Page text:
Recommended reading (Outrageous self-promotion): Krashen, S. 2008. The fundamental principle: No unnecessary testing (NUT).  The Colorado Communicator vol 32,1. Page 7, 2008. Available for free download at:  (scroll down)

Friday, June 6, 2014

Arne Duncan suggests year-round school as a solution to the summer slide. I disagree.

Arne Duncan has suggested that year-round school is the solution to the summer slide.  Thanks to the common core, year-round school will make things worse.

Research tells us that those living in poverty have the least access to books. Students living in poverty also show the most summer loss, and those who read more over the summer make better gains in reading achievement. Providing more access to interesting reading material by investing in public libraries and librarians is an excellent way to deal with summer learning loss.
School during the summer means more common core, and less chance of pleasure reading happening. The common core discourages pleasure reading, because of its harsh set of standards, nonstop testing, and restriction to reading at or above "grade level," which for half of our students means a limitation to difficult reading (by definition, half of the students read below grade level, because grade level means the 50th percentile). In addition, there is less funding than ever for school libraries, thanks the huge amount of money being spent on online testing.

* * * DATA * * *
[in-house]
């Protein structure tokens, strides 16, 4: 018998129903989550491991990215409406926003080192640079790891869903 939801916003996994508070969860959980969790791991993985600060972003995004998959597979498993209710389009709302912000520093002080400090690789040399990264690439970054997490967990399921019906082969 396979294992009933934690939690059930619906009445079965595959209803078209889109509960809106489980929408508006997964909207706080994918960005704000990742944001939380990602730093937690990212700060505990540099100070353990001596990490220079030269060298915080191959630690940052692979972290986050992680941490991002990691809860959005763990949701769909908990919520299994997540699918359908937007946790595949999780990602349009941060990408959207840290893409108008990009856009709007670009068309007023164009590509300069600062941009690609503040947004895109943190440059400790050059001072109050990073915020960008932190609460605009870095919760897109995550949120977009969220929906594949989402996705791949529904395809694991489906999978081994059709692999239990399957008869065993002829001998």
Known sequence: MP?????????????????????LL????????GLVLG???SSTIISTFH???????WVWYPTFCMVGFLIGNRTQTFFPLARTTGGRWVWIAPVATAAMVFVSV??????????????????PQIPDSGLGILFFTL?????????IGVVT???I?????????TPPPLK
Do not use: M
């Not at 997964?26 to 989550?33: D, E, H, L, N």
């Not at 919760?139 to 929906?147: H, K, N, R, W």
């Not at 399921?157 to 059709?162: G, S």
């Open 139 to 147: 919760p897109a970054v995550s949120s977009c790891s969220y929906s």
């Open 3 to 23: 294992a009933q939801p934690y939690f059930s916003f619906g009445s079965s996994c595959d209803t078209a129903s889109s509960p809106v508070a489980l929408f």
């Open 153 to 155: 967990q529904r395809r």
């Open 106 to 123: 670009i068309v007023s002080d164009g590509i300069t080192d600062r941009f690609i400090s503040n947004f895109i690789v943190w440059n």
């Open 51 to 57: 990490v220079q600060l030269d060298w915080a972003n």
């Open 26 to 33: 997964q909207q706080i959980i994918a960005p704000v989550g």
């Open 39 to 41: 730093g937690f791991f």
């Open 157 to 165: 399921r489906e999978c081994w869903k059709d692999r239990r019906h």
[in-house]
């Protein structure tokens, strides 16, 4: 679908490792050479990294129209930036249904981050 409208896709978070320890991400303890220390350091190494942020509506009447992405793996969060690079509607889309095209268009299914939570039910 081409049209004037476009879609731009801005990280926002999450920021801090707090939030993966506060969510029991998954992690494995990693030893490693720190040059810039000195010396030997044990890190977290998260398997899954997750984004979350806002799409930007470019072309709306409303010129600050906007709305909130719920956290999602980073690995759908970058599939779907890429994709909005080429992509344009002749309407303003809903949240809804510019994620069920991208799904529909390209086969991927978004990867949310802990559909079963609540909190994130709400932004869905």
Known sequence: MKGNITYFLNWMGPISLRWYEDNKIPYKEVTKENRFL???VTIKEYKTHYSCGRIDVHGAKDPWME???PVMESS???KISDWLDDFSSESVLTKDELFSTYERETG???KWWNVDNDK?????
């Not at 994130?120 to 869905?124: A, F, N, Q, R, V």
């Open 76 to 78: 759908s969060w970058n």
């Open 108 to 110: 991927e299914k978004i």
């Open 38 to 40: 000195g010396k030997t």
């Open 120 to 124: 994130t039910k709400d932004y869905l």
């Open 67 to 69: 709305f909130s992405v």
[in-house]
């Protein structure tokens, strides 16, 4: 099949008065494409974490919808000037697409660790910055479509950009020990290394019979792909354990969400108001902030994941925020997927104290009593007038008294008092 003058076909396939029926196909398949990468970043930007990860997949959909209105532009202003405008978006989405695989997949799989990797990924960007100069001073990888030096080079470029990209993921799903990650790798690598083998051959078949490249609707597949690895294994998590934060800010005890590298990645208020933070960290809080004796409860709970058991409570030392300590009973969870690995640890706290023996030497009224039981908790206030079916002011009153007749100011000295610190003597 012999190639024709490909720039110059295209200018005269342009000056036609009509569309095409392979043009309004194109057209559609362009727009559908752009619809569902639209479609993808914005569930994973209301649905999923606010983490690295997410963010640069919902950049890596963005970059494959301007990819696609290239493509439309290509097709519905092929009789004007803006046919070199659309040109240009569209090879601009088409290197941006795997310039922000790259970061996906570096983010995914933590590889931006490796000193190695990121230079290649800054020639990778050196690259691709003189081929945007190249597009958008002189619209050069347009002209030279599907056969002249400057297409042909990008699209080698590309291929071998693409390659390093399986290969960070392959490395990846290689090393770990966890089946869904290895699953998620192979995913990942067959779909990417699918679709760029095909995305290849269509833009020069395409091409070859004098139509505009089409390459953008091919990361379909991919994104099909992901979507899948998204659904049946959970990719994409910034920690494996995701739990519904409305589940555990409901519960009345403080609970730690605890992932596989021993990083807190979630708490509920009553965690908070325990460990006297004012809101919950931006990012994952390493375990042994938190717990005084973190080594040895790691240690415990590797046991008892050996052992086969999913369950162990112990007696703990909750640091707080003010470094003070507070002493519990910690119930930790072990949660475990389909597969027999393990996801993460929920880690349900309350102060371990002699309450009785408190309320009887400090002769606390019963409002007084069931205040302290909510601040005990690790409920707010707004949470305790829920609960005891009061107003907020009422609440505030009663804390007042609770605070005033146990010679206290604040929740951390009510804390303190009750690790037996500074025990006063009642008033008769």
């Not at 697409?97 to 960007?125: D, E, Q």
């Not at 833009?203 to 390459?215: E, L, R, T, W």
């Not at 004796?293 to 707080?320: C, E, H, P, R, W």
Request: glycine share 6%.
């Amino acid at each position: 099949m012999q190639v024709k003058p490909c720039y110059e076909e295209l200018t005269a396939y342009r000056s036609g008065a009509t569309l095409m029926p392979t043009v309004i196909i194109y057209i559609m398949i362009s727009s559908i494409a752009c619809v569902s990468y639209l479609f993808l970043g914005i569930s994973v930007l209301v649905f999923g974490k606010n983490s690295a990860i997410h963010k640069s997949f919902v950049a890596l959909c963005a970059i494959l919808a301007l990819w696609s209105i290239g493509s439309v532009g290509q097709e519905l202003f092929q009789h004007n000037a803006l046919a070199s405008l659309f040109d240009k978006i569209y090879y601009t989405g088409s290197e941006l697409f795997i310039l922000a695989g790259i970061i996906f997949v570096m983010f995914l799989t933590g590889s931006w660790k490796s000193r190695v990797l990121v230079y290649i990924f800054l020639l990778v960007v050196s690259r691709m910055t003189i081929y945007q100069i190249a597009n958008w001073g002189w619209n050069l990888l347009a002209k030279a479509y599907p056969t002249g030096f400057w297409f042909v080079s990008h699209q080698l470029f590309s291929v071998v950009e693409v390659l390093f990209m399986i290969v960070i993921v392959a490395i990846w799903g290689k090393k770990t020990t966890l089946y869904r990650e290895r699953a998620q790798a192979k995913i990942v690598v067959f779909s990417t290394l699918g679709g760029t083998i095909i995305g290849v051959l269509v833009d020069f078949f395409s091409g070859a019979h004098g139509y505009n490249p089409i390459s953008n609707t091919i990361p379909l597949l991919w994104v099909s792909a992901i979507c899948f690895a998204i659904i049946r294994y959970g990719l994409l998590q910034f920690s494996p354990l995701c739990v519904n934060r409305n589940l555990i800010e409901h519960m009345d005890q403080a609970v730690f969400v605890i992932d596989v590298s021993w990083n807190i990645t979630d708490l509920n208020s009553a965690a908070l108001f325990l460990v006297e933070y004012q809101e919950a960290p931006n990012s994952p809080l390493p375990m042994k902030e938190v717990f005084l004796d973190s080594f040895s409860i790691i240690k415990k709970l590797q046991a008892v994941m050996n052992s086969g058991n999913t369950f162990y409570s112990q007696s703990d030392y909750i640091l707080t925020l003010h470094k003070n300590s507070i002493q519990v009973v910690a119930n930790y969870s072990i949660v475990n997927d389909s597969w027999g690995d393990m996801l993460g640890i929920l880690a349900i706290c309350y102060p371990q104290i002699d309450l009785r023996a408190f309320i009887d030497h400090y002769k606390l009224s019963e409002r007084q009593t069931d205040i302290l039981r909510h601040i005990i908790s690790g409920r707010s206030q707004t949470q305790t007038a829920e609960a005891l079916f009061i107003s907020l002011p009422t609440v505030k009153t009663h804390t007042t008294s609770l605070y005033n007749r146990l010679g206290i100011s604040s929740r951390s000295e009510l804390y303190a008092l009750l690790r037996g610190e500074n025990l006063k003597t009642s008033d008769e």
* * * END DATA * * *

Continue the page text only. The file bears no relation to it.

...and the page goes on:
Some sources:
Poverty and access to books: Neuman, S. and Celano, D. 2001. Access to print in low-income and middle-income communities. Reading Research Quarterly 36(1): 8-26.

Summer loss and poverty, more reading and gains:
Allington, R. and McGill-Franzen, Anne. 2012. Summer Reading: Closing the Rich/Poor Reading Achievement Gap. New York: Teachers College Press.